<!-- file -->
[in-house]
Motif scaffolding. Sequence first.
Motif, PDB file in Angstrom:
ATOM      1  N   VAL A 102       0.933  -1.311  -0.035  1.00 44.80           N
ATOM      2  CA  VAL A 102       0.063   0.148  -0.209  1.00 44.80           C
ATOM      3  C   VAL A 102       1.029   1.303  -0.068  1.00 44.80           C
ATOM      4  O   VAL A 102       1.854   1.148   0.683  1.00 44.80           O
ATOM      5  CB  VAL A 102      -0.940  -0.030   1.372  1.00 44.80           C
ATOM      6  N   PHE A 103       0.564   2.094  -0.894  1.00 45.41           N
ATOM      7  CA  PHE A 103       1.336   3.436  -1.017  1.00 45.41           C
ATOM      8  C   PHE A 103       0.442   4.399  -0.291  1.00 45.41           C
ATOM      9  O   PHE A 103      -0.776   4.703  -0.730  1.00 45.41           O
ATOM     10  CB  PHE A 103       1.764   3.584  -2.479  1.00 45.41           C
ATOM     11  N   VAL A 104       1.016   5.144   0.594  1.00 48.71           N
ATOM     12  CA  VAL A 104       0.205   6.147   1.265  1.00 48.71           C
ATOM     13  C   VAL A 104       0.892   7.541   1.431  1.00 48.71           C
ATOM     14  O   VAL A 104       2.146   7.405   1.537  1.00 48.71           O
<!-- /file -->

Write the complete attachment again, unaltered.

[in-house]
Motif scaffolding. Sequence first.
Motif, PDB file in Angstrom:
ATOM      1  N   VAL A 102       0.933  -1.311  -0.035  1.00 44.80           N
ATOM      2  CA  VAL A 102       0.063   0.148  -0.209  1.00 44.80           C
ATOM      3  C   VAL A 102       1.029   1.303  -0.068  1.00 44.80           C
ATOM      4  O   VAL A 102       1.854   1.148   0.683  1.00 44.80           O
ATOM      5  CB  VAL A 102      -0.940  -0.030   1.372  1.00 44.80           C
ATOM      6  N   PHE A 103       0.564   2.094  -0.894  1.00 45.41           N
ATOM      7  CA  PHE A 103       1.336   3.436  -1.017  1.00 45.41           C
ATOM      8  C   PHE A 103       0.442   4.399  -0.291  1.00 45.41           C
ATOM      9  O   PHE A 103      -0.776   4.703  -0.730  1.00 45.41           O
ATOM     10  CB  PHE A 103       1.764   3.584  -2.479  1.00 45.41           C
ATOM     11  N   VAL A 104       1.016   5.144   0.594  1.00 48.71           N
ATOM     12  CA  VAL A 104       0.205   6.147   1.265  1.00 48.71           C
ATOM     13  C   VAL A 104       0.892   7.541   1.431  1.00 48.71           C
ATOM     14  O   VAL A 104       2.146   7.405   1.537  1.00 48.71           O